A group of leprosy children on the seesaw. This photo was taken in the 1930s.

A group of leprosy children on the seesaw. This photo was taken in the 1930s.


An Unfulfilled Dream - Esther's Story

When I was 16 years old, I was told by my adoptive parents that I was adopted. My foster parents are New Zealanders so I obviously looked very different from them and their biological children anyway.

In August 2006, I started to search for information related to leprosy and my biological parents' background from the Internet. That's how I came to know about an author, LohKahSeng from Singapore. Through him, I was put in touch with the person in charge of the old records in Sungai Buloh - Lily John. From there, the journey in search of my roots began.

In April 2008, my husband, three children, and I set foot in Sungai Buloh for the first time. PhangSiewSia, the author of "The Valley of Hope" took us to visit my biological mother's former neighbour, Laura. I will never forget the moment she came out of the house and smiled at me. She clasped her hands in front of her and said that I looked just like my mother. My heart skipped. She also said that my father was very tall and thin.

All my life, nobody had ever described my biological parents to me. I grew up in a small town in New Zealand. There weren't many Chinese. I remember frequently looking in the mirror and wondering why I looked the way I did. I was SO different. To be told I looked like my mother was hugely emotional.

Esther found her father's date of passing recorded in a book in the settlement's temple.SiewSia then brought us to visit the Buddhist temple where the staff showed me a written record of my father's death. Later, we went to the women's ward where I met Lee Sow Cheng who told me she had seen my biological mother when she (my mother) was pregnant. Sow Cheng was also in the same ward as my mother and remembers the day my mother passed away.

Since returning from Malaysia, I have felt a huge sense of grief and loss and my research has been put on hold. The pain is too strong.

Before this, I found out I hadan uncle. I discovered that my uncle was last known to be working in a market in Kuantan Road, Penang, so in 2008, I took another trip to Penang. I walked down the road where my uncle was believed to be working and stopped to talk to complete strangers. I found strangers who were more than happy to help me in my search. I spent a week in Penang and talked to quite a number of people and visited a few places to try and find my uncle but I kept coming to a dead end.

The fact that I didn't begin my search earlier is one of my biggest regrets. In many ways, my biological parents were so close yet so far away. I was married in 1987. My father passed away in 1997. If I'd known about them and that they were still alive then, I would have done everything I could to go to Malaysia and visit them. All my children were born before 1997; he could have met all three of them. But in reality, I would not have been able to do the research I've been doing since 2006, because there was no such thing as personal computers, emails and internet then. All I have found out has been because of technology. But, that is life. One must live with regrets.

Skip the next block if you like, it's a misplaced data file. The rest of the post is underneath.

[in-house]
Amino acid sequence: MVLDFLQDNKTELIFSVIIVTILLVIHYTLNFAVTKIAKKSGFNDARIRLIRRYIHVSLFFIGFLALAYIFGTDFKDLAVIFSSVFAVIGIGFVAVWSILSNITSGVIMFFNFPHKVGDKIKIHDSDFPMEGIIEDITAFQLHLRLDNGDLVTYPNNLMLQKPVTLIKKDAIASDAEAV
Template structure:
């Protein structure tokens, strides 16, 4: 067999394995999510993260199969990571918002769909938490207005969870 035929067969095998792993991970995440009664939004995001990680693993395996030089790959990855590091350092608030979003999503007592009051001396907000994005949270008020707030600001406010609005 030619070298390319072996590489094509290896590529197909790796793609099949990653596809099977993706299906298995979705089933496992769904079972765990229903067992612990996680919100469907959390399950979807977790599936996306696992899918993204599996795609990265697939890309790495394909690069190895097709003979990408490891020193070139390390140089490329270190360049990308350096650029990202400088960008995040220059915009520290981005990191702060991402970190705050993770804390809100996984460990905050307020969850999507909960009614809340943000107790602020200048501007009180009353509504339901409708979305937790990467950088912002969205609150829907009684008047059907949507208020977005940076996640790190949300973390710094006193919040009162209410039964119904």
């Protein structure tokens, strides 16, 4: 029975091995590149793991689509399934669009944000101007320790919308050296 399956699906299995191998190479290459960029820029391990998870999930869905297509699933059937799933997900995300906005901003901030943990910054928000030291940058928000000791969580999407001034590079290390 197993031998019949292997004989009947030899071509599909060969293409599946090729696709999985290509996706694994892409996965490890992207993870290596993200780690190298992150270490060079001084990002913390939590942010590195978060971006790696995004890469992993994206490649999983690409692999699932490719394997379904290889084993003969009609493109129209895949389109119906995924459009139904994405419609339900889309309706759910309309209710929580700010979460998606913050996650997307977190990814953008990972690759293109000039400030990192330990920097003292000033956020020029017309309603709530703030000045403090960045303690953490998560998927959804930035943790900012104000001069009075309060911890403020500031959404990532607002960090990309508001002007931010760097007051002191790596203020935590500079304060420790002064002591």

For some bizarre reason, we were destined never to meet.

In September 2010, I restarted my search for my relatives. This search led me to a Christmas Island (the last known place of my father's sister) community website where I finally found my aunt and cousin! I was so excited. We chatted on Facebook and I was able to ask my aunt (via my cousin) many questions. I was particularly delighted to hear that my auntie had tried looking for me a few years back and was extremely happy to have heard from me. I also discovered that I have a sister! My cousin said that it was one of her mother's burdens knowing that her brother had had two girls and she hadn't known where they were. My sister had apparently been adopted by an Indian family. I have no idea where she is.

Esther's late parents lived in this chalet. My cousin also put me in touch with my uncle in Kuala Lumpur and I am still hoping to hear from him and get further information about my father. The best thing was the fact that my auntie was able to send me a photo of my father. It has been hugely emotional to see, at last, my father.

At present, I am awaiting more information to help me find my sister. So, my journey in search of my roots is not over yet. I would still like to find my mother's family. I suspect though that they may not want to hear from me because when my mother contracted leprosy, she was kicked out of the family home by her husband and told never to return. She had also had a son before she was segregated. So I also have a half-brother!

This photo was taken on 19th April 2008.  This view is what Esther saw on her first root-seeking trip here.Whilst I am excited and overwhelmed by all the discoveries I have made, I still fear being rejected by people who have had some association with this debilitating and horrific disease. I hope that one day, people will look back on history and realise some of the awful decisions that were made by governments.

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